Issue Index | Related Articles
Diana Shiba, MD, is a resident at the University of California, San Diego, who has already been active in California politics, as well as the AMA. The following interview highlights Dr. Shiba’s philosophy about the practice of medicine, as well as her drive and dedication to preserve the sanctity of medicine for doctors and patients alike.
YO Info: Where did you attend medical school and where are you currently doing your residency?
Diana Shiba: I went to Georgetown for my undergraduate work, and then the University of California, Davis for medical school. I completed a transitional year at Scripps Mercy Hospital in San Diego, and am about to start my last year of residency at the Shiley Eye Center at UC San Diego.
YI: What drew you to the practice of medicine?
DS: I felt medicine was the best way I could give back to the world and those around me. I have had so many good people in my life … and I feel fortunate to have had the opportunity to go to good schools, to follow my dreams, to have had supportive people in my life along the way. I also feel that the ability to practice medicine is not only a duty, but also a privilege. I love every minute of it.
YI: When did you first get involved in advocacy work? What drew you to it?
DS: What initially drew me to advocacy was a sense of duty. It all started with the letter I received from my local county society (San Diego County Medical Society) to join their membership and become involved. After I joined locally, I became active at the state level and joined the Resident and Fellow Section (RFS) of the California Medical Association (CMA), since I was interested in issues pertaining to residents like me. I eventually became a Governing Council member, and was later elected as a trustee to the Board of Trustees for CMA.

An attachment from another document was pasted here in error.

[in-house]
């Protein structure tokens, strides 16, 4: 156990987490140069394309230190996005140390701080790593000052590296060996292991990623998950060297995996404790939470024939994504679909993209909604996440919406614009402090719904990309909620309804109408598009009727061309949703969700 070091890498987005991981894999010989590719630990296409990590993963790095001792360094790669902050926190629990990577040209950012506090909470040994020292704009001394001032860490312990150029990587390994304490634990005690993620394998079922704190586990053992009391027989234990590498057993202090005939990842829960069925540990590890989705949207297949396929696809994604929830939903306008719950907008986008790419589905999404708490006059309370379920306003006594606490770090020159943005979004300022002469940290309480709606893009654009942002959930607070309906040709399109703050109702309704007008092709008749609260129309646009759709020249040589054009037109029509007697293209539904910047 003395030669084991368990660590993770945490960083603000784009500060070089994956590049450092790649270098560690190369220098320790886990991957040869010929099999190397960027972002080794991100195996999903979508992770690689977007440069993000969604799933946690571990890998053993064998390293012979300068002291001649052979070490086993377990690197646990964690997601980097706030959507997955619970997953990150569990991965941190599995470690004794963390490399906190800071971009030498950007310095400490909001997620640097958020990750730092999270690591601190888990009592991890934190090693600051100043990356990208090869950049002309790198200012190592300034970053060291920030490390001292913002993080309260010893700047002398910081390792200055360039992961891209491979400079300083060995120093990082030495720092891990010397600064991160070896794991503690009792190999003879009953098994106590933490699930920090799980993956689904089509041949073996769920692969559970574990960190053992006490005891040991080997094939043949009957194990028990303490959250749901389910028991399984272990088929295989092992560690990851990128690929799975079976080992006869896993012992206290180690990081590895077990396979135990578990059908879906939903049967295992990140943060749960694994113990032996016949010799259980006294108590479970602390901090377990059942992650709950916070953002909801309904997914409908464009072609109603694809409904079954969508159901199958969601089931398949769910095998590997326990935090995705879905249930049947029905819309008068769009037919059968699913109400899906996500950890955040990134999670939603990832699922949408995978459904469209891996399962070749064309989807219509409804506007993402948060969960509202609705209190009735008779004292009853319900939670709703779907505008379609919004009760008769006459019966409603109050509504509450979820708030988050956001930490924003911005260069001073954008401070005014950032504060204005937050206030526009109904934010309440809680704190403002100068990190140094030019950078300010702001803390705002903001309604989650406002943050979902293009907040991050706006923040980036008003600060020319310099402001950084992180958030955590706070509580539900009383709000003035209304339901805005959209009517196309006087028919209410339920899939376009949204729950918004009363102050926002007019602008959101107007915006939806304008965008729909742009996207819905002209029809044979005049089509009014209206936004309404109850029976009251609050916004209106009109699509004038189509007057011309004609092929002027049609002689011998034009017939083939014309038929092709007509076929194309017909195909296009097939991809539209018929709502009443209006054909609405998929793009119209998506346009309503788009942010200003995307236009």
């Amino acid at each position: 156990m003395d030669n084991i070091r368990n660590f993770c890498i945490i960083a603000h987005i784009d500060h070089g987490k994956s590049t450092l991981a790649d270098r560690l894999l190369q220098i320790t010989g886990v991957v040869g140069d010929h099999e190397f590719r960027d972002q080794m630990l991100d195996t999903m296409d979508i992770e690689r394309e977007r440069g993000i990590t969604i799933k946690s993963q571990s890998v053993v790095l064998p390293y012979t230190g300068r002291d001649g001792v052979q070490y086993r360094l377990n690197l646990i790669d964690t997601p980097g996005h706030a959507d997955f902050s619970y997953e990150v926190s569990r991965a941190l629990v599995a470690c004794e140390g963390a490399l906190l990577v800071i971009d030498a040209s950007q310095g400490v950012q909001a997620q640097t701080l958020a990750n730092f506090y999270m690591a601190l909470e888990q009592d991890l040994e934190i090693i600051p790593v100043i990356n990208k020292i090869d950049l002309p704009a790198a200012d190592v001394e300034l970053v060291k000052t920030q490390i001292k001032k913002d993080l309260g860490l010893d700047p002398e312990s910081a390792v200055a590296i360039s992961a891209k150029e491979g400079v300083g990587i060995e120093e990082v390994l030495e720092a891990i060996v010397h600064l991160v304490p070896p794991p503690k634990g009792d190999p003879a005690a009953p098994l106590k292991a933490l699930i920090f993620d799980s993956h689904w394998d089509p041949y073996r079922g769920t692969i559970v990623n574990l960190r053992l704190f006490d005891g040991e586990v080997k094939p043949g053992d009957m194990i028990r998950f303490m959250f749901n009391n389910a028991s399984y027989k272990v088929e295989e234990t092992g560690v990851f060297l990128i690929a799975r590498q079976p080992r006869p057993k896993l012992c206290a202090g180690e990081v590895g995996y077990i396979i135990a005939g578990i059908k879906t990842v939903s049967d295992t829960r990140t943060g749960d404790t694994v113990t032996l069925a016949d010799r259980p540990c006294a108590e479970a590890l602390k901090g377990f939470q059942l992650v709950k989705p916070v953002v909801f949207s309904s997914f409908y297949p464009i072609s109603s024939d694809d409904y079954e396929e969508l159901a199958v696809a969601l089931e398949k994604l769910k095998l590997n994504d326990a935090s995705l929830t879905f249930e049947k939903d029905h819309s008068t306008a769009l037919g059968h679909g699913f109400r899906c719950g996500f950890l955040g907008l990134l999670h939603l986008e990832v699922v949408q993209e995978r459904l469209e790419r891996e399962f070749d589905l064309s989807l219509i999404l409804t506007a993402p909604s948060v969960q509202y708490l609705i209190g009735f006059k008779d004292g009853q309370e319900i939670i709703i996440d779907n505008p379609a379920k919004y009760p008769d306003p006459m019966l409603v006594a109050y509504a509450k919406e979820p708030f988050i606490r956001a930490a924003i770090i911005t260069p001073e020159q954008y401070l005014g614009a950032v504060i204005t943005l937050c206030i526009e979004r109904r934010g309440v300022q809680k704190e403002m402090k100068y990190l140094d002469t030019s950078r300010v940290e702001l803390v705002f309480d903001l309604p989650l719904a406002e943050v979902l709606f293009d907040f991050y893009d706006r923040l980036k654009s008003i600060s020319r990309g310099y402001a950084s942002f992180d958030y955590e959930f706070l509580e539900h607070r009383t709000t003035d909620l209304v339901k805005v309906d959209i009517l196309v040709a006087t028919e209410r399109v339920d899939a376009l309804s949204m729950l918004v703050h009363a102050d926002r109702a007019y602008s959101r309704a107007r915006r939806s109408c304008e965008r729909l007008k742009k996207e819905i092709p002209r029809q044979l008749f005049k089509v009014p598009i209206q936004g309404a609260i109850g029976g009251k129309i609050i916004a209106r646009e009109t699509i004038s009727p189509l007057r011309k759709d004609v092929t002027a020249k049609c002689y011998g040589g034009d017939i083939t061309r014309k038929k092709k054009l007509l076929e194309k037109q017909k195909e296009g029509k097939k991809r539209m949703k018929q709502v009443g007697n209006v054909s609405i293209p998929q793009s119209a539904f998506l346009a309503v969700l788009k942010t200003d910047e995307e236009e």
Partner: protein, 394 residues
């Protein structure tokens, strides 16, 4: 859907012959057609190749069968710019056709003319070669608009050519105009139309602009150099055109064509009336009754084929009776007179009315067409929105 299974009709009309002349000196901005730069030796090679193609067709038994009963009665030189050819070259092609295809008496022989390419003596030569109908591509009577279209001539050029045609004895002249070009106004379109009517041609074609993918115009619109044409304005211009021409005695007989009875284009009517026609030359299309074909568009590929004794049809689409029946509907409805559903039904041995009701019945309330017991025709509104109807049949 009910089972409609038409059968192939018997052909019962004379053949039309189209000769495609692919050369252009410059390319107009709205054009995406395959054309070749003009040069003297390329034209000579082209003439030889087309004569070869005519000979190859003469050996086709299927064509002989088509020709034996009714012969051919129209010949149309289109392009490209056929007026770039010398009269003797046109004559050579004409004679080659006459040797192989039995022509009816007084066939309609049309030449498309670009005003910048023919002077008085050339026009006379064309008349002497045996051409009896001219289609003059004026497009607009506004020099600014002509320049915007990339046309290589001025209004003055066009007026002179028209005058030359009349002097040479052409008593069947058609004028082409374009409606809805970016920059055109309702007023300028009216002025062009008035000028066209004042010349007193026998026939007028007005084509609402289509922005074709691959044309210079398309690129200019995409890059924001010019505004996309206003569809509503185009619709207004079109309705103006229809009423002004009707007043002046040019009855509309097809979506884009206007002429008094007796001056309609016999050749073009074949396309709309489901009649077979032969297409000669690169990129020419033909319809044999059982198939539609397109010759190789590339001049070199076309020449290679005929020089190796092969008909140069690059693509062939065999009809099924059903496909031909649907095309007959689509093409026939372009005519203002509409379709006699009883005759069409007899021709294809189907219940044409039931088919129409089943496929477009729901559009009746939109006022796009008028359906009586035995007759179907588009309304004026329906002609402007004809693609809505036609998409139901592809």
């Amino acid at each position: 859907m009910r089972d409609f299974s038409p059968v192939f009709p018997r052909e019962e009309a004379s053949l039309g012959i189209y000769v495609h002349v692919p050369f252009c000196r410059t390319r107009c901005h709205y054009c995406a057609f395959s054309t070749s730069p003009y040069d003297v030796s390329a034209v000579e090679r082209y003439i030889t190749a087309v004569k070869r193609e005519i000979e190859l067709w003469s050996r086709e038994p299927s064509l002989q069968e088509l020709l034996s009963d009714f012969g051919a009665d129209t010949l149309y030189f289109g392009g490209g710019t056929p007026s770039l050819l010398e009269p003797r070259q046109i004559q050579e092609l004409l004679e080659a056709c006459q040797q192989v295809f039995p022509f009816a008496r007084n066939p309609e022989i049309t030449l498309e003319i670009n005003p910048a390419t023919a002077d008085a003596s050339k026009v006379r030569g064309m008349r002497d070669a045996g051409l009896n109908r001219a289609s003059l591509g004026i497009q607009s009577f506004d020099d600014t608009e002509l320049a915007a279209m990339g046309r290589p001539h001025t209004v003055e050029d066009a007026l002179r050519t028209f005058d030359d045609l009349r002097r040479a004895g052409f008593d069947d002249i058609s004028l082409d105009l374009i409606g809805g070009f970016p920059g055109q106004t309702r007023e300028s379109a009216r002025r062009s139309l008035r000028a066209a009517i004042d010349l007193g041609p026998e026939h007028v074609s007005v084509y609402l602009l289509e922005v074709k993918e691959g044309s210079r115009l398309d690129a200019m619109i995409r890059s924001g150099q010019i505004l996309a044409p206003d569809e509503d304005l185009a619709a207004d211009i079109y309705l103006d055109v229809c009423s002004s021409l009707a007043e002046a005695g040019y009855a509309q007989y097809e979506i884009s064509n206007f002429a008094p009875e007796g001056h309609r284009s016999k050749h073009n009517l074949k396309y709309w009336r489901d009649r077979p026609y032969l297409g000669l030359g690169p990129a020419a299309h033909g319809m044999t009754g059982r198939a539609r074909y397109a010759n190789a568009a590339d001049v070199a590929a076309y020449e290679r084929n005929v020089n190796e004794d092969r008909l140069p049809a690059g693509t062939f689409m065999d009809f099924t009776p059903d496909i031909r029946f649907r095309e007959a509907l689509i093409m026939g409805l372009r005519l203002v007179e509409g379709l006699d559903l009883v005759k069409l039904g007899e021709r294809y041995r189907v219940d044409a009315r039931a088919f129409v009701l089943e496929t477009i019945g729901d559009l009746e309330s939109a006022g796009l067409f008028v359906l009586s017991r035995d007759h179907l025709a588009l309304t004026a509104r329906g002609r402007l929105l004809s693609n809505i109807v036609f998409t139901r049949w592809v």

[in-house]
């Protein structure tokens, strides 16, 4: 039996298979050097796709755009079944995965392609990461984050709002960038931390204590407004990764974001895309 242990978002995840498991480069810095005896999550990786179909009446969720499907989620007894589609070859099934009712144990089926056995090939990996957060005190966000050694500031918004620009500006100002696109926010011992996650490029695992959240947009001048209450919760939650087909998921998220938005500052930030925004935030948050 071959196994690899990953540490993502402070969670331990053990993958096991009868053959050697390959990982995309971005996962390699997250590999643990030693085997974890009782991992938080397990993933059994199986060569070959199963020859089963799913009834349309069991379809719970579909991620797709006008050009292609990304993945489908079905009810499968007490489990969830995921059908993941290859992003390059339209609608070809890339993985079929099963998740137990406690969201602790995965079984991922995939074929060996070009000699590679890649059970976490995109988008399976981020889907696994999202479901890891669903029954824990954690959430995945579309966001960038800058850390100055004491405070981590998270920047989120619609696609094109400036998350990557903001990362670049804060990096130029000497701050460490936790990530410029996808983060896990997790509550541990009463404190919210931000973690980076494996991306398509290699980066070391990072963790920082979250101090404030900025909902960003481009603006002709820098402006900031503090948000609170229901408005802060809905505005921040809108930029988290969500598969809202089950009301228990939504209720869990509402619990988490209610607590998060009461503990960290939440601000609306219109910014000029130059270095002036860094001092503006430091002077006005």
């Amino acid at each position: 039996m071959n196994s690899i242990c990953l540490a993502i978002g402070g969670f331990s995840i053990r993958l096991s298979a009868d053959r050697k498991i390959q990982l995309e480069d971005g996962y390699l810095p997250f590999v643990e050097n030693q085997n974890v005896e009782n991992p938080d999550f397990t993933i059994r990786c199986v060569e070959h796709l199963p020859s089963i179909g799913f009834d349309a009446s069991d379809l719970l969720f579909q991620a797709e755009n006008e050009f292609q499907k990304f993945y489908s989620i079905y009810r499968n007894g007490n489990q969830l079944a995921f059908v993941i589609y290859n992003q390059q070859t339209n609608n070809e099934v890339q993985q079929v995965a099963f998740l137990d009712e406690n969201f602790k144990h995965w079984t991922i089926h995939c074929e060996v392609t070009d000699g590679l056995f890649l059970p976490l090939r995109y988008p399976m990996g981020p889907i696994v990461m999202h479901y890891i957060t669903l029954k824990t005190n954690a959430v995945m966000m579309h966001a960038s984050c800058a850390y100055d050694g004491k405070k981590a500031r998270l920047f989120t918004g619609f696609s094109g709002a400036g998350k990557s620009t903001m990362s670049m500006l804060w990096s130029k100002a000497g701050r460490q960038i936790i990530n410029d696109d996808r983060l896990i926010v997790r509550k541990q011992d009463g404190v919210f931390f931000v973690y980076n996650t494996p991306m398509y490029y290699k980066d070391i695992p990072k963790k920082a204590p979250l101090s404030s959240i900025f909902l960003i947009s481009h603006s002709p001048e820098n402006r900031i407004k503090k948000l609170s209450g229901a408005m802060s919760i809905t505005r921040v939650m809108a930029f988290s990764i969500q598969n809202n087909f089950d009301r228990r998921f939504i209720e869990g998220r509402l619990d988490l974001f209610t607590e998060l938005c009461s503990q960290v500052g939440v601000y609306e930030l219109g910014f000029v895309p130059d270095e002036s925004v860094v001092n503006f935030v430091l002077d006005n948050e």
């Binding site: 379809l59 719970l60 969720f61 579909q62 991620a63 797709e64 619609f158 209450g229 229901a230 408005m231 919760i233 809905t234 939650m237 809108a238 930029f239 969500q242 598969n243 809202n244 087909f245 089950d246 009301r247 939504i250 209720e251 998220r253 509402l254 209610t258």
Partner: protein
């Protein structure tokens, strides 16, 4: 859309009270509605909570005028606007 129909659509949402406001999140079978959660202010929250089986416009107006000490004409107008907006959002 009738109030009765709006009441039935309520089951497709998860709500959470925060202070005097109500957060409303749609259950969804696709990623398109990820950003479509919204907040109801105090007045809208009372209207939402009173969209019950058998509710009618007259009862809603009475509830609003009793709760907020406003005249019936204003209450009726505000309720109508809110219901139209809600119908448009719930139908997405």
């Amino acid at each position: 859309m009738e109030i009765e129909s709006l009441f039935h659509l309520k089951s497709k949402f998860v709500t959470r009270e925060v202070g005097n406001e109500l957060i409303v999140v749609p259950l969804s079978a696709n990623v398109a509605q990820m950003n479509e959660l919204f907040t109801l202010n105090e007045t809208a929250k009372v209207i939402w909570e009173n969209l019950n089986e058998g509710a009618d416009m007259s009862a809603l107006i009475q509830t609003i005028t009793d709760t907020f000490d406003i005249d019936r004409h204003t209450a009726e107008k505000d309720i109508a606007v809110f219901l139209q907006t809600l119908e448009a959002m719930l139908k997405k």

At the same time, I started getting involved in the AMA because issues that were pertinent to residents in California needed to be represented at the national level. I was elected Region 1 council chairwoman of the AMA Resident and Fellow Section in 2007, which oversees approximately 35 delegates from the 13 western states. And, as of mid-June 2008, I was elected to the Governing Council as the vice-speaker for the AMA Resident and Fellow Section.
But I am also fortunate to be in a residency program that is so supportive of the advocacy work I do. There are many other residents and fellows who would very much like to be involved, and feel passionate about the same issues as I do, yet are unable to attend the meetings and are therefore unable to advocate at the same level as I do.
Given this, I feel I need to represent the voices of those residents and fellows who are unable to voice their own. I am especially passionate about this duty to represent their voice on their behalf.
An example of this came when a poor, overworked intern who was working in the surgical ICU came to me on the wards as I was working on an ophthalmology consult. He voiced his frustration and concern regarding his residency program and their compliance with the ACGME (Accreditation Council for Graduate Medical Education) duty-hour standards. When I heard this, as well as the despair in his voice, I took this issue to the other residents on the Governing Council at CMA, and wrote a resolution requesting a national study on this issue. I then took this to the CMA House of Delegates (an annual meeting composed of physicians representing all MDs in California), where it passed and was then forwarded to the AMA House of Delegates. It passed there as well, and now a major study looking into call and duty hours will be conducted by the AMA/ACGME.
This is a great example of why I believe that change can be made. That belief brings me back year after year to try to implement the changes that I feel will benefit those around me. Granted, policy-making is not easy, but once done, really stands to benefit many.